PIERCE COUNTY, Wash. — Local police officer Gary Shilley knows firsthand about the dangers of police work.
“I was ambushed from behind the hood of a vehicle and he shot me in the face,” said Shilley.
That was in the South Hill Mall parking lot in 2006.
Now, he trains other officers on use of deadly force. His company, Defense Essentials, uses hundreds of different video scenarios to train officers on decision-making in life or death situations.
"You killed my mom, you killed my dad," yells a distraught teenager on one of the videos as she holds a gun to her head.
Shilley tries to talk her out of it. "You don't need to do that, drop the gun, please drop it," he pleads.
On the video, she takes her own life.
It's one of the many possible endings officers might have to respond to as they practice their verbal and response skills.
"I can see what's going on. They're telling me to kill them. I don't want to kill them. My objective is to stay alive. They point that gun at me, I have to use deadly force against them. I don't want to do that," said Shilley.
On another video, a man picks up a large rock and runs at officers, threatening them. It's similar to what happened in Pasco recently.
"You get hit in the head with a big enough rock or a hard enough rock, it can kill you -- and the officer has to think about that," said Shilley.
That hasn't stopped sharp criticism from the public. Shilley worries the media firestorm after every police shooting could cause officers to hesitate in dangerous situations.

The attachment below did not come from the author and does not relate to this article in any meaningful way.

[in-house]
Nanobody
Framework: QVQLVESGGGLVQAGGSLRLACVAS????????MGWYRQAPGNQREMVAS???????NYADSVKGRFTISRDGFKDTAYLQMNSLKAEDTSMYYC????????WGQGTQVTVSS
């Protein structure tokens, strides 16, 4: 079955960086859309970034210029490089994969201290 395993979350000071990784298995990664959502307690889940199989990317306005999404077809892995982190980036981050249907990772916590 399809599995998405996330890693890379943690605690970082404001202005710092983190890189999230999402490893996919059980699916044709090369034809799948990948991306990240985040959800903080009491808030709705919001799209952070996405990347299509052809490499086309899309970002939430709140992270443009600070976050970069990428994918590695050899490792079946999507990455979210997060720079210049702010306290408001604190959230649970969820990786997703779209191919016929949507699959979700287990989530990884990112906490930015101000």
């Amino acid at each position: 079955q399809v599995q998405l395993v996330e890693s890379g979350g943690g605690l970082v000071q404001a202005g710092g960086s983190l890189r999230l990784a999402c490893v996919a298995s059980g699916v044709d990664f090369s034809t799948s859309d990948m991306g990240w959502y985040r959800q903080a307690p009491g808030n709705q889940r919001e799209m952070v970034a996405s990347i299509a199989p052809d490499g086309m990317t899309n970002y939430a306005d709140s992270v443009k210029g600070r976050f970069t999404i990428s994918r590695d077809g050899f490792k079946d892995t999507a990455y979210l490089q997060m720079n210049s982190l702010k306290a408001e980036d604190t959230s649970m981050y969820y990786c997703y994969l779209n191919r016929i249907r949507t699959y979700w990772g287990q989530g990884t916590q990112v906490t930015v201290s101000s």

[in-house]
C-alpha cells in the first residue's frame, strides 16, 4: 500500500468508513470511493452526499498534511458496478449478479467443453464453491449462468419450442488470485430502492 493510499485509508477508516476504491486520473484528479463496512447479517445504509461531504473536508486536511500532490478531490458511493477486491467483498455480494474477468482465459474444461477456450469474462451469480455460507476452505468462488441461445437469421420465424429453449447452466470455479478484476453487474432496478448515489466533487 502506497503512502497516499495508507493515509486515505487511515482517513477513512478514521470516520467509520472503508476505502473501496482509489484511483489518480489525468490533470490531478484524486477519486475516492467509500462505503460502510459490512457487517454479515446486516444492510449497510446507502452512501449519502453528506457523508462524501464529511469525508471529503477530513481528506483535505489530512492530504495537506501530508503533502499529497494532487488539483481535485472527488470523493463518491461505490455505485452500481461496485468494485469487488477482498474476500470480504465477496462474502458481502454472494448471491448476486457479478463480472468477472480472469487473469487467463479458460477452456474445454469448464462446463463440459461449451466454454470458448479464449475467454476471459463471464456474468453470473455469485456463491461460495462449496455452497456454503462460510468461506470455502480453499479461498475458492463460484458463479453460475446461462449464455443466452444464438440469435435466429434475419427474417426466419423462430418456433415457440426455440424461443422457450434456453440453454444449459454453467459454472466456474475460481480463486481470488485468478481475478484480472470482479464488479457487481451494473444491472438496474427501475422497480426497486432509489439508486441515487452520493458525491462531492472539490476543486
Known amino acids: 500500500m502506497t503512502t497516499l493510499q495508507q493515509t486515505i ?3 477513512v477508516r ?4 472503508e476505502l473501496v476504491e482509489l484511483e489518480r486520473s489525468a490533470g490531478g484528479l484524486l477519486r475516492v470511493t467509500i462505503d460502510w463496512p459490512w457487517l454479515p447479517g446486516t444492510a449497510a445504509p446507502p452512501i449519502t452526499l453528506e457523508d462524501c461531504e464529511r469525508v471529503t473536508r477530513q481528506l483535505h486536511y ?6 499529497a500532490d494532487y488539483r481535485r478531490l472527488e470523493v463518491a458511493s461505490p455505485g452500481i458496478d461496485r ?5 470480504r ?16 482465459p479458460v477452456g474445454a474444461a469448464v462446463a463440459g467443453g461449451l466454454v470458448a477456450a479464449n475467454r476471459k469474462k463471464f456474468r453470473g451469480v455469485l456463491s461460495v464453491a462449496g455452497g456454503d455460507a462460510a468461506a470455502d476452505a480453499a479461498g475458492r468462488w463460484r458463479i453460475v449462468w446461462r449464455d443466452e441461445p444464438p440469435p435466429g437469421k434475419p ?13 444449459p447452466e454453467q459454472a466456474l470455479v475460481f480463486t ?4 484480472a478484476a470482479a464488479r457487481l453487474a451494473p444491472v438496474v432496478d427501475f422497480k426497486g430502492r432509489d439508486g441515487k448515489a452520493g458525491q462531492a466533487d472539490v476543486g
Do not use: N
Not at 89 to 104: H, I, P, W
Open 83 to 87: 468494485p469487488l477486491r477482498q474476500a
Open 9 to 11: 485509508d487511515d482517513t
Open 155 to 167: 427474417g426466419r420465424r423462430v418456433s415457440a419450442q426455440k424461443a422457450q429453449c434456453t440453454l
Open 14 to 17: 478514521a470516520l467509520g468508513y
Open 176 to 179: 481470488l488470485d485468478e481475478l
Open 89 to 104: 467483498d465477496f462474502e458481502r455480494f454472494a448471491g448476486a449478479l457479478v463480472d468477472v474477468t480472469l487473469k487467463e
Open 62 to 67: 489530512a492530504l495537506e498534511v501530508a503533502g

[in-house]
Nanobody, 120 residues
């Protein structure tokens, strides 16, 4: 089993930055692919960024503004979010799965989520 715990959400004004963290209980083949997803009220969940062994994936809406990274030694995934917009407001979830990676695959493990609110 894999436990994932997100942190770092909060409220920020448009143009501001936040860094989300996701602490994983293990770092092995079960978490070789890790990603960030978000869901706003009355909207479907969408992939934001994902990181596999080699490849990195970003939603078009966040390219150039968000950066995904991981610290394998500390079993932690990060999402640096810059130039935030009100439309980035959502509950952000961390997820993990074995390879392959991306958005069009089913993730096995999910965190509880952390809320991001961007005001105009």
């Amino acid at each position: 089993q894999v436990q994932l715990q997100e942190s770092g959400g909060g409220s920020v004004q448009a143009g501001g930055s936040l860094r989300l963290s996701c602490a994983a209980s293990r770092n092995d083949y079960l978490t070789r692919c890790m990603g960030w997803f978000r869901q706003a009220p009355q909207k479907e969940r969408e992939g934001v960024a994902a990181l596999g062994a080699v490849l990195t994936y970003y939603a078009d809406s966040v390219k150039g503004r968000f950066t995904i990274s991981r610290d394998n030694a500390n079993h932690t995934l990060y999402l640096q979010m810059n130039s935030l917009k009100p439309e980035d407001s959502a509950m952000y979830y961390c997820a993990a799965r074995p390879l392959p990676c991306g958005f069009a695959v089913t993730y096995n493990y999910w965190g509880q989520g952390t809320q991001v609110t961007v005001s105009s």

"There gonna stop and second-guess themselves for a second and it may get them killed. God, I don't want to see that. Been there, done that and it's not a good place to be," said Shilley.
He thinks the public and media are too quick to judge following a shooting.
“Things are being added to these events that never even happened and the public is believing what’s going on, they’re not taking into account the officer’s situation, the decision he has to make, again, in a flash of a moment and to protect his life and go home," he said.
His goal is to give officers the keen mental awareness and tools they need when faced with a crisis.
"We`re trained to stop the threat, literally stop the threat and, hopefully, that doesn`t mean killing that person. If you end up using deadly force, it may end up being that the person dies, unfortunately, but that is not our goal," said Shilley.
He teaches similar classes to interested civilians and even holds seminars for neighbors on use of deadly force when confronted in their homes by a burglar.
For more information about the course, email Training@defenseessentials.com.